Sensory Satisfaction

 

Fingers sinking into the base of the skull/the occiput, just the right level in this dense but sensitive tissue; pushing that tissue back and forth, easing movement back to the muscles and to the skull atop the spine. The taut edge of the upper trapezius firmly gripped, compressed, and slightly pulled back and down, freeing the neck from the often insistent yoke of the upper shoulders. Circular movements exploring around muscle attachments near the top of the thigh bone/the greater trochanter; creating space and freedom of movement at the top of the thigh, flexing, extending, walking, bending, kneeling. Fibrous bands of calf muscle tissue, restricting the flow of walking, receiving friction across and down the muscle fibers; feeling the ankle almost grow warm as it pushes back to a wider range of exploration again.

Short but sweet. Looking at what simply feels good in receiving bodywork and how difficult it can be to address in mere words (great and interesting as language is). Why aren’t there more words in written language to communicate well how incredible the body’s own language is? As I said, short and sweet and more to explore, likely forever. Enjoyment of the human, animal form and self-care to go alongside – cheers to that.

 

Copyright © 2018 by Lara Stillo

 

Advertisements

Dust Off, Body and Soul

Layers of life accumulate in our emotions, our thoughts, and our tissues, adding to our experience and depth of character. Conversely, these layers can also create a sense of burden, a narrowing of viewpoint, and a constriction in our physical form. Working on layers of “gummed up” muscle tissue in clients as well as in myself, I’m always reminded of this. Not with a judgement, simply with an acknowledgement – we gather both experience and “dust,” if you will. The former we can be proud of; the latter we can seek to keep brushing off. 

How great does it feel to have that taut edge of the upper trapezius/upper shoulder muscle eased open and back down again? As it rolls forward with gravity, usage, and postural imbalances, pulling up towards our neck in stress and excessive engagement, it harbors both the burdens we carry in life (a literal weight upon the shoulders) and the physical manifestation of those weights in clenched tissue.  I love how it feels, receiving or giving, to rebalance here. As the tissue is cleaned open again, freed from adhesive layers binding it to other muscles, a lightness returns to its movement, its texture, and to our sense of how we feel within the structure. As freer movement is restored to the tissue, even our very mood can feel elevated. A topic I could go on about in so many ways! For now let’s simply say, life accumulates – let’s hope to learn from what we undergo, continue to sweep off what we no longer need, and maintain a healthy flow of movement through all layers of who we are.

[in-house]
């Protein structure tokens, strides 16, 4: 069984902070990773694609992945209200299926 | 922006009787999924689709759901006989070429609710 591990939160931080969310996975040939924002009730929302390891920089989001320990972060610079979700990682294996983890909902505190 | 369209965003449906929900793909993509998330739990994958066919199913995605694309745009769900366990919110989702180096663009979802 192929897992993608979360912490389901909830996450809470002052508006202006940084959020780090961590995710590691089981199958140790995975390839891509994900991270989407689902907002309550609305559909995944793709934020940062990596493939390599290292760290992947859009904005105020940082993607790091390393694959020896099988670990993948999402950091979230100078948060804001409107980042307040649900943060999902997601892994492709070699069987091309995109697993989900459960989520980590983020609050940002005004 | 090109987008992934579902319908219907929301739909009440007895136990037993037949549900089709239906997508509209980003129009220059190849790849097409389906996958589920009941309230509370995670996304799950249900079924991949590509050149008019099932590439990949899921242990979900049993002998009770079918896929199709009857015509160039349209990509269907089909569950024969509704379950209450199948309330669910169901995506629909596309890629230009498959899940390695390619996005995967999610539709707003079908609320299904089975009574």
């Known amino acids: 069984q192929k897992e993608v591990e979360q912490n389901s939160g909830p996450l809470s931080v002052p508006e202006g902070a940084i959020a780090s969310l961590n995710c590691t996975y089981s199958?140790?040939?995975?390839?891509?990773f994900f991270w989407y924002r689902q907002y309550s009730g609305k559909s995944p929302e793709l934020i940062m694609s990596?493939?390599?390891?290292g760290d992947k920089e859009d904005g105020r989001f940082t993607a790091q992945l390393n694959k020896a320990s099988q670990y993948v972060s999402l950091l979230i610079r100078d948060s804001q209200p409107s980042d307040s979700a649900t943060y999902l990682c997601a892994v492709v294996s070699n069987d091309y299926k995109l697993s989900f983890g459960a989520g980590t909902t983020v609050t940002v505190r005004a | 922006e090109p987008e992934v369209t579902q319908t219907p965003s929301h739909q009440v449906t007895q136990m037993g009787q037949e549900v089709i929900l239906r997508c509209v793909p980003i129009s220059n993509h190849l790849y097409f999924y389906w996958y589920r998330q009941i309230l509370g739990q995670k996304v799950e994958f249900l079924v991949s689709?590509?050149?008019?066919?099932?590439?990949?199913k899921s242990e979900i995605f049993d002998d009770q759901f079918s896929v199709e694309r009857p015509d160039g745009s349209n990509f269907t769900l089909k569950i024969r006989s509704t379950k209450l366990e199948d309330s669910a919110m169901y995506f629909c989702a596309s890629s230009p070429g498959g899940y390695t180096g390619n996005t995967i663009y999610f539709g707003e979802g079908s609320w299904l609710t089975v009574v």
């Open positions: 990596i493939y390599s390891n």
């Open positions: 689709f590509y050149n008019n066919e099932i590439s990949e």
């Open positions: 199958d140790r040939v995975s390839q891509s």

Copyright © 2018 by Lara Stillo

Intention is Everything

 

Bodies don’t lie, so neither does touch. But our minds can confuse, and even lie, to us. I watch my own responses as I work on people and think about this.

Recently, I worked on a colleague with many old injuries. Daredevil stunts in child and teen years, dog-piling into the gum-in-your-hair effect of scar tissue, old stress fractures, compensatory movement patterns, and muscle imbalances. Picturing the impact injuries she’d described so well, understanding what might happen in the anatomy from her injuries, and palpably feeling the tissue imbalances around the area, I “felt sorry” for the sacral bone, a primary area of injury for her. So many old stress fractures and so much scar tissue creating chronic dysfunction in the glutes and low back muscles over the years. I did light touch and movement on the surface of the area in starting, just to say “I’m sorry” to the skeletal structure. My colleague understood and made positive comment on. Both of us on the same page helps.

So it’s funny to me that after so many years full-time in this field, I can still feel hesitant in maintaining prolonged, stationary, empathetic touch. In working, my body responds with an innate, animal instinct human beings have for touch and giving aid, but my mind tells me other things:  don’t act out of ego; they might misunderstand; this won’t do much; and so-on. I completely believe in the healing effect of simple touch, yet I was raised in a culture that varies from not believing in the value of touch, to sexualizing most touch, to being suspicious of it. Many people can relate to this and feel trapped by it.